Parent & Handicapped Parent Relief

Another potential way to reduce your taxes is to live with your parents, as part of the Parent Tax Relief deductible. Currently, most Singaporeans move out of their parents' house after marriage, leaving their ageing parents to live alone. As a result, the IRAS provided this form of relief both to promote filial piety and provide added support for those who do decide to take care of their parents.

Table showing details of Parent Relief

Singaporeans who live with their father and mother can enjoy a total parent relief of $9,000 per dependent (parent), which amounts to $18,000 total for the family. If you have siblings, the full relief can be shared equally. This means that if you have a brother or a sister, each of you can enjoy an equal parent relief of $9,000.

Foreign Maid Levy Relief

Finally, having two working parents is quite common in Singapore. The dual income helps to support increased expenses from setting up a home and raising children. While having a higher total income is certainly helpful, working parents usually have little time left for household chores. As such, hiring a foreign maid can reduce the burden of cleaning the house and taking care of children during the day.

Foreign Maid Levy Relief is only available to married women, divorcees, and widows with children who are eligible for child relief; it also only applies to foreign domestic workers (rather than Singaporean maids). The amount claimable is twice the levy paid in the previous year on one foreign domestic worker. Beyond such tax relief, you may also be able to save money on your FDW by purchasing high-value maid insurance or seeking out government grants for maids who provide disability or elderly assistance to members of the household.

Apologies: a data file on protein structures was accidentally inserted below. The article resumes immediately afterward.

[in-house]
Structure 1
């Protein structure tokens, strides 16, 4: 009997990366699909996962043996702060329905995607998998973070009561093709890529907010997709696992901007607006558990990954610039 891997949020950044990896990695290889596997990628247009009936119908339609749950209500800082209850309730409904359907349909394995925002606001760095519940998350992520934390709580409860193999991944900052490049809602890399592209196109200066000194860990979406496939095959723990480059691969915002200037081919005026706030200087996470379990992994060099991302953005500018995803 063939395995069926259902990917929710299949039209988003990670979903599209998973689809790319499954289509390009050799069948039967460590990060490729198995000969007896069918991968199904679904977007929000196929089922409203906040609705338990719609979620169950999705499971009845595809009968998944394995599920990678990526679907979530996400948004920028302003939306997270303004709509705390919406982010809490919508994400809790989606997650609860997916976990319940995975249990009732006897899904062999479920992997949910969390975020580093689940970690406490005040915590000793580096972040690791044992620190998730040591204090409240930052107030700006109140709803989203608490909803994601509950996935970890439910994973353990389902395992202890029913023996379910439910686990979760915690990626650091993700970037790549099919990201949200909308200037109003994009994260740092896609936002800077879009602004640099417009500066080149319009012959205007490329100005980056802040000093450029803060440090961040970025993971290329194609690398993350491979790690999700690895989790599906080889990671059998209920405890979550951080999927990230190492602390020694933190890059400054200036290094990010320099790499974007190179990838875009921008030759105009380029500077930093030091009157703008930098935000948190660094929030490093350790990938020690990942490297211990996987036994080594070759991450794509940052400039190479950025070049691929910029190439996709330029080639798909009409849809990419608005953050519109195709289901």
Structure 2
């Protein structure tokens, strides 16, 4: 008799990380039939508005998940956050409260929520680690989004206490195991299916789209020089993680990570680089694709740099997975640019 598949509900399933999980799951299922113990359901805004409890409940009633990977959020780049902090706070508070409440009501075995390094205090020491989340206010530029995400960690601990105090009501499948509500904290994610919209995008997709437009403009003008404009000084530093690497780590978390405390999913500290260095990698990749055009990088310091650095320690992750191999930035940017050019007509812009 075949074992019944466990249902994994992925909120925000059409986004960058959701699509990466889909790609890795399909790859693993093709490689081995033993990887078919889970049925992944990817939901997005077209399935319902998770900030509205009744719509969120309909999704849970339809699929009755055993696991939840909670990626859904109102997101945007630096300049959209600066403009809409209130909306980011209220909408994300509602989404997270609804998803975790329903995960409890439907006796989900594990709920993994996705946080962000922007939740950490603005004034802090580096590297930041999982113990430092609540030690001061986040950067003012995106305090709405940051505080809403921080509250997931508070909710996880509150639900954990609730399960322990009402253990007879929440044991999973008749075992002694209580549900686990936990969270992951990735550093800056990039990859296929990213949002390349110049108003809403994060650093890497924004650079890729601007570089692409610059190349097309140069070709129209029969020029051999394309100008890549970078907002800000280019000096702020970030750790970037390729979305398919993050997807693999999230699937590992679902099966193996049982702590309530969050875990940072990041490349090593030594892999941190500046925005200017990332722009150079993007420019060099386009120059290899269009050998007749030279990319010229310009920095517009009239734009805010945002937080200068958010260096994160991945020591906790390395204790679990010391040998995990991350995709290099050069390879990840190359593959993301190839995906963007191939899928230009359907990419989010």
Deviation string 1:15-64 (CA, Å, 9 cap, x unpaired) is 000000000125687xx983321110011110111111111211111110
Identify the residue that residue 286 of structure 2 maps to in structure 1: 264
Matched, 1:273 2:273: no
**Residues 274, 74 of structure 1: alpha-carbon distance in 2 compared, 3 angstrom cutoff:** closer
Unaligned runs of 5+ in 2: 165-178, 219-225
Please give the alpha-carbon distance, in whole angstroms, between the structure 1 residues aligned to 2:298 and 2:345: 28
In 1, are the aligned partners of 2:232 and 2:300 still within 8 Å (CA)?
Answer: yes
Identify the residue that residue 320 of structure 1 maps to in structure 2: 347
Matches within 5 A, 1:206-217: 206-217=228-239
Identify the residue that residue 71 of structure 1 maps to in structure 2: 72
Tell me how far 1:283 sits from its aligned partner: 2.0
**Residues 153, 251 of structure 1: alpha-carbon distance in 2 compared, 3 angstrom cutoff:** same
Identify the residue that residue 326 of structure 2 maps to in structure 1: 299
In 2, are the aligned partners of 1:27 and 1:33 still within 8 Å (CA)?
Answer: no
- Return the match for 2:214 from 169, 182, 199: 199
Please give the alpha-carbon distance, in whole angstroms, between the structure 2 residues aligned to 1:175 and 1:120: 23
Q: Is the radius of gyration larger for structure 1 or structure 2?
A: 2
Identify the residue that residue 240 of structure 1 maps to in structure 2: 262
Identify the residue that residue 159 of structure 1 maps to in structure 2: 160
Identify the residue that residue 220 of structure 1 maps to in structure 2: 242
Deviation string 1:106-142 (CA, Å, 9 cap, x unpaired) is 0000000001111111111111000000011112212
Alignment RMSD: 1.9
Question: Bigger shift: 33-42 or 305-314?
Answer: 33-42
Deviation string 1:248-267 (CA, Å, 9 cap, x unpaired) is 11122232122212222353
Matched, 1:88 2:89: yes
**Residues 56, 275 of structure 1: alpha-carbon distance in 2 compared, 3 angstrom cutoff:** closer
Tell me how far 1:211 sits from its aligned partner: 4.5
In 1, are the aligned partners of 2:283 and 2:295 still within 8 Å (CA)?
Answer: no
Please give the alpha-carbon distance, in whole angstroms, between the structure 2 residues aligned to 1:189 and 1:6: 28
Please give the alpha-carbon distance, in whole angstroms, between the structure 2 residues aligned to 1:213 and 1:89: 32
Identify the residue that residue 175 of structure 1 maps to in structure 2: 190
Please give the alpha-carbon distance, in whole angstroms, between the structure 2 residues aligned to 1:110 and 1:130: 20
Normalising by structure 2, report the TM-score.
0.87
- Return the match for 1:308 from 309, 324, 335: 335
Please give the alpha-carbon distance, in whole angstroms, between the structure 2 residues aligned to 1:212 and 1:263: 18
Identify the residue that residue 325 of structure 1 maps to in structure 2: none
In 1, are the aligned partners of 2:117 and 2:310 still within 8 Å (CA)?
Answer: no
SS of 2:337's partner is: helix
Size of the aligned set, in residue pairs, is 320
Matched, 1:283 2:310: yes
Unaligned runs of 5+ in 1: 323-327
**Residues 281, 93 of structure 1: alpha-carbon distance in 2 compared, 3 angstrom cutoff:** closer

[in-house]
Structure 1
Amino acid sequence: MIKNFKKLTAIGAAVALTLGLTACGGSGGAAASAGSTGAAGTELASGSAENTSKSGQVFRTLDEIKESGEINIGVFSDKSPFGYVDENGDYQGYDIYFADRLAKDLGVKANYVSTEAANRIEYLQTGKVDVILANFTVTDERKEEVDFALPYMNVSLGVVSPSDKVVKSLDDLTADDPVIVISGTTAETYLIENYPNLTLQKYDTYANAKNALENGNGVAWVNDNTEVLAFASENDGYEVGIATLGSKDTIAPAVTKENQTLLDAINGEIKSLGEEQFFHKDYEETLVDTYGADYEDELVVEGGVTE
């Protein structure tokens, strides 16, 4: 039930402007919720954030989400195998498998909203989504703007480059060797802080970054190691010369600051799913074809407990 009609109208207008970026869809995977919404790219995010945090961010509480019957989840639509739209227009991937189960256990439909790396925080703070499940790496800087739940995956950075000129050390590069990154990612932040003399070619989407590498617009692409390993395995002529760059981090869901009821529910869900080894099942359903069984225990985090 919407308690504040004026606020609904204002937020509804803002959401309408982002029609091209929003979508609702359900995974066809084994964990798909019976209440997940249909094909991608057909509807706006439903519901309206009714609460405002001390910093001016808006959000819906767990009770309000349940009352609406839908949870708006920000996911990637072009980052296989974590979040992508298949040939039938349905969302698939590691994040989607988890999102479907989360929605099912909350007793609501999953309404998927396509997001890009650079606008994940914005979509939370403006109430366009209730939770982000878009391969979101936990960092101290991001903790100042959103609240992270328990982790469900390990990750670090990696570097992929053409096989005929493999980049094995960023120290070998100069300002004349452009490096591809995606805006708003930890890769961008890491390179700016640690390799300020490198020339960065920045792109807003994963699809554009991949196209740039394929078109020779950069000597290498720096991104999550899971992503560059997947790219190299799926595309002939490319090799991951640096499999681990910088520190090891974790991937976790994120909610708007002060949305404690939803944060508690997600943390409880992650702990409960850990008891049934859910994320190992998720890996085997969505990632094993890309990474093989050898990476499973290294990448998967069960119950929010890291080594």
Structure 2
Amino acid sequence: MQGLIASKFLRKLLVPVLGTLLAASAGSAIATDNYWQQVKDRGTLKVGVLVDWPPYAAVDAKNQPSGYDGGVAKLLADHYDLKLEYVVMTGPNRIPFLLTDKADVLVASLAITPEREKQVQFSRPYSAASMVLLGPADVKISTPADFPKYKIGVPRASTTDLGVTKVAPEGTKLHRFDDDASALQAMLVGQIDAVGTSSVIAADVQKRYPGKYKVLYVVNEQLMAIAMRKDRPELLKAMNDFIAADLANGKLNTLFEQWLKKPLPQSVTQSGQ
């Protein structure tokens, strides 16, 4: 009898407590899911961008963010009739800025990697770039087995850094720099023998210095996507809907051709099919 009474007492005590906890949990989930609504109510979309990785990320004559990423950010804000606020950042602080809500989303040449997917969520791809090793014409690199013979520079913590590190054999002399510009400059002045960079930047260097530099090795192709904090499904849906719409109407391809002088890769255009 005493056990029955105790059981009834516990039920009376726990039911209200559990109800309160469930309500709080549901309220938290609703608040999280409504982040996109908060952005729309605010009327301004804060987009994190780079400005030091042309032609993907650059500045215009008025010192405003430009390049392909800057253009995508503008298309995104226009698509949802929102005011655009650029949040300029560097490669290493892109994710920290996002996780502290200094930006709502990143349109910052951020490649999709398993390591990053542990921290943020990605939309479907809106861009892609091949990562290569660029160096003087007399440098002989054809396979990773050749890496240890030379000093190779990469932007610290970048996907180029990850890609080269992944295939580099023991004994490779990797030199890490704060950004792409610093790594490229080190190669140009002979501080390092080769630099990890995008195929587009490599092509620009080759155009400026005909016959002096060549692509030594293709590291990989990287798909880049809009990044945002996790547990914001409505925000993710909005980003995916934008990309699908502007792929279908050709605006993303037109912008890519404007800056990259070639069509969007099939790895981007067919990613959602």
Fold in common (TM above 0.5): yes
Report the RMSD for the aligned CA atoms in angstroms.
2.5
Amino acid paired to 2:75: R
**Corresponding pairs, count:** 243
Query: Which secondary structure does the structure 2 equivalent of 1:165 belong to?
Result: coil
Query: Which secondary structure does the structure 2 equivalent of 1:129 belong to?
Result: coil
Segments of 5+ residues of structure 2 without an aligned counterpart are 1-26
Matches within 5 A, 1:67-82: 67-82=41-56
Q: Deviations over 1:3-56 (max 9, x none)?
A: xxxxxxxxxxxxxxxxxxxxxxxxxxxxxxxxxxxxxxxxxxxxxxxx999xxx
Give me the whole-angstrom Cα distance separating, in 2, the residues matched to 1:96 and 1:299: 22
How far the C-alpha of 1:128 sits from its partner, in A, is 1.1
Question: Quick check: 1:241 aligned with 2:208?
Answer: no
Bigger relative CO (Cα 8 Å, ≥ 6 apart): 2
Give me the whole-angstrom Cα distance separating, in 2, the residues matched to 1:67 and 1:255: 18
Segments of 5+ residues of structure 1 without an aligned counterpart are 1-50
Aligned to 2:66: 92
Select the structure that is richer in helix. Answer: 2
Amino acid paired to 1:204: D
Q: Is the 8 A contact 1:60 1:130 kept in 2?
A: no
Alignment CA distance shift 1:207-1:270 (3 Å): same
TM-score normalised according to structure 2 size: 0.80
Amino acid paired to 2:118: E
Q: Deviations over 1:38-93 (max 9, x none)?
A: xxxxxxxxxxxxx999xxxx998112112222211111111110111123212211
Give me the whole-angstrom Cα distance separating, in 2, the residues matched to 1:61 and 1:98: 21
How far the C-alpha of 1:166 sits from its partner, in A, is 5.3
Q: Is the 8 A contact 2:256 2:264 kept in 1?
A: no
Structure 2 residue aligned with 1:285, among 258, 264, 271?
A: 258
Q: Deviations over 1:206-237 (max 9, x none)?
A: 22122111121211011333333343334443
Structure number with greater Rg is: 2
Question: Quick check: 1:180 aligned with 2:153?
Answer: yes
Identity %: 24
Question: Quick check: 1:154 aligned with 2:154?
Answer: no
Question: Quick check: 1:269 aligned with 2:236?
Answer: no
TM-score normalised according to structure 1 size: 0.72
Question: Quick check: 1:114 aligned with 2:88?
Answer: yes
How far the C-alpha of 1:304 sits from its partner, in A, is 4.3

Turn Rental Expenses into Tax Deductions

According to a 2019 study, the average monthly rent of 3-bedroom flat in Singapore is US$4,215–one of the highest rates in Asia. If you have a property that is rented out, however, the rental income (which includes rent and related payments received) is subject to income tax.

Fortunately, expenses incurred relating to your rental property–loans, insurance, repairs, maintenance and more–can be used to offset such tax when claimed as deductions. The table below shows several common rental expenses and which are eligible for use as deductions.

Table showing common rental expenses, with details on which are–and which aren't–eligible for tax deductions

With the growing popularity of rental income, the Inland Revenue Authority of Singapore (IRAS) has simplified tax-filing and reduced the burden of record-keeping. From Year of Assessment 2016, property owners who lease their residential units can enjoy the convenience of pre-filled rental expenses, which are calculated based on 15% of the gross rent collected. Property owners can also claim the interest on their mortgage loan, as long as they keep records for verification for at least 5 years.

Optimise Your Personal Income Tax for Maximum Deductions

Finally, you can also reduce your tax payable by reviewing the IRAS's page describing all deductions available for individuals. You may find several other forms of relief–from course fee relief to deductions for charitable donations–that better fit your needs and lifestyle. Ultimately, you can receive up to S$80,000 in tax relief per year, which can go quite a long way in offsetting the financial burden of tax season.

The article Could You Be Saving More on Your Income Tax? originally appeared on ValueChampion.